The ultimate question, then, is whether the video recording contained on the thumb drive should be sealed under GR 15. And because a sealing would implicate the public's constitutional right to an open court, an analysis of the requested sealing must be undertaken in accordance with the five following requirements set forth in Seattle Times Co. v. Ishikawa. 97 Wn2nd 30 (1982):
1. The proponent of sealing must make some showing of a need for doing so and where that need is based on a right other than accused's right to a fair trial, the proponent much show a serious and imminent threat to that right;
2. Anyone present when the sealing motion is made must be given an opportunity to object to the sealing;
3. The proposed method of curtailing access must be the least restrictive means available to protect the threatened interest;
4. The court must weigh the competing interests of the proponent of the sealing and of the public; and
5. The order must be no broader in its application or duration than is necessary to serve its purpose.
GR 15 authorizes the sealing of a court record only if, after a hearing, the court finds that a sealing is justified by identified compelling privacy or safety concerns that outweigh the public interest in access to the court record. Because Sheriff Krebs must satisfy the Ishikawa requirements, as well as those in GR 15, the Court will focus on the Ishikawa requirements because they essentially subsume the GR 15 requirements.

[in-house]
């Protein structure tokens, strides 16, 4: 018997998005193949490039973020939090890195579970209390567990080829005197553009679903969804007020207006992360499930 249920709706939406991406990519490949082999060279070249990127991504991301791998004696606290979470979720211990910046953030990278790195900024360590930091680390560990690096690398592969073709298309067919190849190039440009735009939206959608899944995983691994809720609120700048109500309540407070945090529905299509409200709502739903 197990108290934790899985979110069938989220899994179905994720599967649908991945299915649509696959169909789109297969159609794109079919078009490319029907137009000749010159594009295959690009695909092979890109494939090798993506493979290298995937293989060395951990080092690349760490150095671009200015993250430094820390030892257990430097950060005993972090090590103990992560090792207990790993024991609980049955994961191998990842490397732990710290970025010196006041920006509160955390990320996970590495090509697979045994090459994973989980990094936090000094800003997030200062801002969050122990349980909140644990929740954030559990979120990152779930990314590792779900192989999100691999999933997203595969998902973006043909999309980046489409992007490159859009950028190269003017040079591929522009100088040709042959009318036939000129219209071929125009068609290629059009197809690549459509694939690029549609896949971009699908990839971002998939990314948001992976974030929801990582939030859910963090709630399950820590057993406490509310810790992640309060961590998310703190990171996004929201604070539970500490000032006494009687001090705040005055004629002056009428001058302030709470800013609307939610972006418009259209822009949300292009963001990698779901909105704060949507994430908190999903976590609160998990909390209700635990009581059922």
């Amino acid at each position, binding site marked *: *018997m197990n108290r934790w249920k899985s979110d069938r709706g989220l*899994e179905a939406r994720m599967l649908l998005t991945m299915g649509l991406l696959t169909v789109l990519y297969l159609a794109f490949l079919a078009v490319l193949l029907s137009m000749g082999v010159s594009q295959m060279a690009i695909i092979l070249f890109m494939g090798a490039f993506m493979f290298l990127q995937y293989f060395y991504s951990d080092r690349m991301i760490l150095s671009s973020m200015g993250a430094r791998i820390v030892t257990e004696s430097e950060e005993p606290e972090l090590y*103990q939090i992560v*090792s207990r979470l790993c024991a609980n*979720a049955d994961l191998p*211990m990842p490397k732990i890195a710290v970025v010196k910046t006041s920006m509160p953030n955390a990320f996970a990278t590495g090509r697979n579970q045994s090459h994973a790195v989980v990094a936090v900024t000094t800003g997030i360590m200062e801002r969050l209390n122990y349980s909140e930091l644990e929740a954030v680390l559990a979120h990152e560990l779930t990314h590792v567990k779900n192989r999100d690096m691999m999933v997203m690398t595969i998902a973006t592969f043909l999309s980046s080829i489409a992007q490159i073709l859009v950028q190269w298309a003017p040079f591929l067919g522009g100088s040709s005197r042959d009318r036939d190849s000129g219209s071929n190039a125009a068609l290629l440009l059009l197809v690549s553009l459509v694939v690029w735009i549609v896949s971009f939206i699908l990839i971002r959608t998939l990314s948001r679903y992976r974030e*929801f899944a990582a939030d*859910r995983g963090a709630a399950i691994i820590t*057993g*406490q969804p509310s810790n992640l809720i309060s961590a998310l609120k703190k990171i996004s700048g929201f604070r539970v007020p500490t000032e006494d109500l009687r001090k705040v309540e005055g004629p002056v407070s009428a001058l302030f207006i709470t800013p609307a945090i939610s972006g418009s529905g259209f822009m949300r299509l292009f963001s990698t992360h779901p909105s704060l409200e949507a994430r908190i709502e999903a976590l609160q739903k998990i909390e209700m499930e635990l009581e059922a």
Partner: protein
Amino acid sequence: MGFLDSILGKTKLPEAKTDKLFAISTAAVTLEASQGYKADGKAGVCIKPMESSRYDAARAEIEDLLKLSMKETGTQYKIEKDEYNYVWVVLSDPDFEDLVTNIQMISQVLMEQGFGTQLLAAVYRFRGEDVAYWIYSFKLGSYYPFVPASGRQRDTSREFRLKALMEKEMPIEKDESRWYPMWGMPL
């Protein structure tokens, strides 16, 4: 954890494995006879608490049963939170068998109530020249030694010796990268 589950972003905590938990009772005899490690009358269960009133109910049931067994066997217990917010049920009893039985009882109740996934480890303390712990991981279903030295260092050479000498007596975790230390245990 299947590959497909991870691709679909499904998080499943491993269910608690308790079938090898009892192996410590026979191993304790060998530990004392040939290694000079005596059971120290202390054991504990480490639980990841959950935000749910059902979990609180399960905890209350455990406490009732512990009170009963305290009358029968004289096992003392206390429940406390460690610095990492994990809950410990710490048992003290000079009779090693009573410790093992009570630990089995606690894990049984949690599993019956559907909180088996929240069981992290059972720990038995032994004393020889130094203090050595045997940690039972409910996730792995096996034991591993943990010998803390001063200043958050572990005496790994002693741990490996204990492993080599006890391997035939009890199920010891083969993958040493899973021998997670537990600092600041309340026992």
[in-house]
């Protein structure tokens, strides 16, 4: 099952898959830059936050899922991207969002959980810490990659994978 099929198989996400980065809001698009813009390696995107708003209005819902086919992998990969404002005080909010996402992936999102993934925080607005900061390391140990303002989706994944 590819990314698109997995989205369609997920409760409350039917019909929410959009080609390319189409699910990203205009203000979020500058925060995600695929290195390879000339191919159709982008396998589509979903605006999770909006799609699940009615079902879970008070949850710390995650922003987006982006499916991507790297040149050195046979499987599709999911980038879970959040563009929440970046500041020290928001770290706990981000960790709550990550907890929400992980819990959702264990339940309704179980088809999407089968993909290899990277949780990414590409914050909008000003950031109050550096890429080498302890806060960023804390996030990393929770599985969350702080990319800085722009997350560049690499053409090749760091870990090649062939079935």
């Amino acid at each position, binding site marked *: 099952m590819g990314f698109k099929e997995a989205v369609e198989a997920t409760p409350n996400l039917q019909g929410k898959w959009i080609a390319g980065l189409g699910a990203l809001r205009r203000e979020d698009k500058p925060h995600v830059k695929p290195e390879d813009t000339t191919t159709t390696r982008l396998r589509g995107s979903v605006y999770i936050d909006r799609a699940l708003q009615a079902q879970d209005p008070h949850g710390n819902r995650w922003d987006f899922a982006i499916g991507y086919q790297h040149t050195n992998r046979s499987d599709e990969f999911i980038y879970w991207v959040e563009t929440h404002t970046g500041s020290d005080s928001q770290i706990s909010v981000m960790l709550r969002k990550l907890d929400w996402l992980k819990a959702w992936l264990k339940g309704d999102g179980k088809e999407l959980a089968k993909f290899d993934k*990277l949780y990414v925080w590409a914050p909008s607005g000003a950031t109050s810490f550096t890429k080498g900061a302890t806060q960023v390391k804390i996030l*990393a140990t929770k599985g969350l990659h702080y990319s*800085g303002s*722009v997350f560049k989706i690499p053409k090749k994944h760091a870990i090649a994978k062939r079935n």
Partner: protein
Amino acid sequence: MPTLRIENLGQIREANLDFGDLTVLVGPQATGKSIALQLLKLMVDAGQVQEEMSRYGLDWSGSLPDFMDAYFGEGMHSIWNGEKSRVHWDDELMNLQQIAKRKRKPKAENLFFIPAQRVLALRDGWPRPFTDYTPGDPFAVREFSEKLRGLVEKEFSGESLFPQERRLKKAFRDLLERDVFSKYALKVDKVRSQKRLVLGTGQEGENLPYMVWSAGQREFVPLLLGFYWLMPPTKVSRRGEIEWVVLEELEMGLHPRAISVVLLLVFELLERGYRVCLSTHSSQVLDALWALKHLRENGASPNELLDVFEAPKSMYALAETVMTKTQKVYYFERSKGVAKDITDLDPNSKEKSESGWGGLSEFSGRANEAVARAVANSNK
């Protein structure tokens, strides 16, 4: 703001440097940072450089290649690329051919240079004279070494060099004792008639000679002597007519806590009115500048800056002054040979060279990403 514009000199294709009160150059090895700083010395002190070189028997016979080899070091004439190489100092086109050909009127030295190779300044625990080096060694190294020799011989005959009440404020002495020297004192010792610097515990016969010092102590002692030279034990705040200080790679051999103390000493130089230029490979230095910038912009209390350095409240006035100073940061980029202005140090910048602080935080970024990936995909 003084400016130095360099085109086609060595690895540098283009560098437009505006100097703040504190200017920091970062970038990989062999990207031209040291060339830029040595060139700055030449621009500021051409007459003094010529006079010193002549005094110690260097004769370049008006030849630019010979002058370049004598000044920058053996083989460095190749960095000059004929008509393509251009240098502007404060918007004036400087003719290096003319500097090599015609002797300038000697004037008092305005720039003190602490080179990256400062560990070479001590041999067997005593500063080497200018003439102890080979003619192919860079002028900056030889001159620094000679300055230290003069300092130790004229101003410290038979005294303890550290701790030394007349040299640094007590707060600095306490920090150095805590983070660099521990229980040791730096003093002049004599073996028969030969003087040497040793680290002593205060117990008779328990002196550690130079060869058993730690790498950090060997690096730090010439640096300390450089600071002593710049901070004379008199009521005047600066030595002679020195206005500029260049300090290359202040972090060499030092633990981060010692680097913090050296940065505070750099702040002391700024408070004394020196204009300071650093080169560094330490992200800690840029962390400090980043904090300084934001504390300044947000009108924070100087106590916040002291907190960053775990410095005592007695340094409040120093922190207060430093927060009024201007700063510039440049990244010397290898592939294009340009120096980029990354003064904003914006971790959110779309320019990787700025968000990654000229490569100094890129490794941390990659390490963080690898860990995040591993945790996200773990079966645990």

As noted. Sheriff Krebs argues that the video recording needs to be sealed because making it public would compromise the primary method of security in the District Court Courtroom by revealing the camera s blind spots. And that, he argues, would be a serious and imminent security threat that outweighs what he asserts is the public's minimal interest in viewing the video. He characterizes the public's interest as "minimal" because, in his view, the relevant moments m the video are already captured by the screenshots that are in the record and therefore available to the public.